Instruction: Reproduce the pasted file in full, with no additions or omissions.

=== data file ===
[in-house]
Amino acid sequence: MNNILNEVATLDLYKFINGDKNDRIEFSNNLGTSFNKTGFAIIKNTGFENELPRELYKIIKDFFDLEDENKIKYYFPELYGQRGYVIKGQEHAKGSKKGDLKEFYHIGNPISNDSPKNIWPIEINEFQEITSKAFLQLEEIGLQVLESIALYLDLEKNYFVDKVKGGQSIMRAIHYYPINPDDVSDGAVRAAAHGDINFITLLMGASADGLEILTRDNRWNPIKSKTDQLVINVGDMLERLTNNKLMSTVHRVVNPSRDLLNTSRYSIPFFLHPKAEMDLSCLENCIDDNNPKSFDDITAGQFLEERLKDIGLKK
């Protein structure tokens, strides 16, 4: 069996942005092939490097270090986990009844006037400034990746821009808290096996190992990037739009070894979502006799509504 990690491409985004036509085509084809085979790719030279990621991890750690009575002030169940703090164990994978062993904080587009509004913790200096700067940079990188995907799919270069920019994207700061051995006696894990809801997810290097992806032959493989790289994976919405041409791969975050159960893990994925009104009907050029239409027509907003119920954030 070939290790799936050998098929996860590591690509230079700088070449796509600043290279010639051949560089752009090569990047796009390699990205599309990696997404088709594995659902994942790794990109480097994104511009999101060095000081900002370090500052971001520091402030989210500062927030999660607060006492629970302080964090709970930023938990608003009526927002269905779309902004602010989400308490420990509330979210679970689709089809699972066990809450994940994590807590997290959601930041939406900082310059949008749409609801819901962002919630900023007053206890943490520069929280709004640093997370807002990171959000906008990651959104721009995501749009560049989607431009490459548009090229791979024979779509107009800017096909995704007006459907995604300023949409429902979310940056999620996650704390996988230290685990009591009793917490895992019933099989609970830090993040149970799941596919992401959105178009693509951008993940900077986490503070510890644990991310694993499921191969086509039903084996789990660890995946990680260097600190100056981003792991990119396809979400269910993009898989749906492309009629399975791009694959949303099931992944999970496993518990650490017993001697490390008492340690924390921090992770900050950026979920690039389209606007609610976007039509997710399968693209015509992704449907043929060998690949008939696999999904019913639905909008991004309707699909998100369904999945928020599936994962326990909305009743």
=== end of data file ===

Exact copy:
[in-house]
Amino acid sequence: MNNILNEVATLDLYKFINGDKNDRIEFSNNLGTSFNKTGFAIIKNTGFENELPRELYKIIKDFFDLEDENKIKYYFPELYGQRGYVIKGQEHAKGSKKGDLKEFYHIGNPISNDSPKNIWPIEINEFQEITSKAFLQLEEIGLQVLESIALYLDLEKNYFVDKVKGGQSIMRAIHYYPINPDDVSDGAVRAAAHGDINFITLLMGASADGLEILTRDNRWNPIKSKTDQLVINVGDMLERLTNNKLMSTVHRVVNPSRDLLNTSRYSIPFFLHPKAEMDLSCLENCIDDNNPKSFDDITAGQFLEERLKDIGLKK
């Protein structure tokens, strides 16, 4: 069996942005092939490097270090986990009844006037400034990746821009808290096996190992990037739009070894979502006799509504 990690491409985004036509085509084809085979790719030279990621991890750690009575002030169940703090164990994978062993904080587009509004913790200096700067940079990188995907799919270069920019994207700061051995006696894990809801997810290097992806032959493989790289994976919405041409791969975050159960893990994925009104009907050029239409027509907003119920954030 070939290790799936050998098929996860590591690509230079700088070449796509600043290279010639051949560089752009090569990047796009390699990205599309990696997404088709594995659902994942790794990109480097994104511009999101060095000081900002370090500052971001520091402030989210500062927030999660607060006492629970302080964090709970930023938990608003009526927002269905779309902004602010989400308490420990509330979210679970689709089809699972066990809450994940994590807590997290959601930041939406900082310059949008749409609801819901962002919630900023007053206890943490520069929280709004640093997370807002990171959000906008990651959104721009995501749009560049989607431009490459548009090229791979024979779509107009800017096909995704007006459907995604300023949409429902979310940056999620996650704390996988230290685990009591009793917490895992019933099989609970830090993040149970799941596919992401959105178009693509951008993940900077986490503070510890644990991310694993499921191969086509039903084996789990660890995946990680260097600190100056981003792991990119396809979400269910993009898989749906492309009629399975791009694959949303099931992944999970496993518990650490017993001697490390008492340690924390921090992770900050950026979920690039389209606007609610976007039509997710399968693209015509992704449907043929060998690949008939696999999904019913639905909008991004309707699909998100369904999945928020599936994962326990909305009743």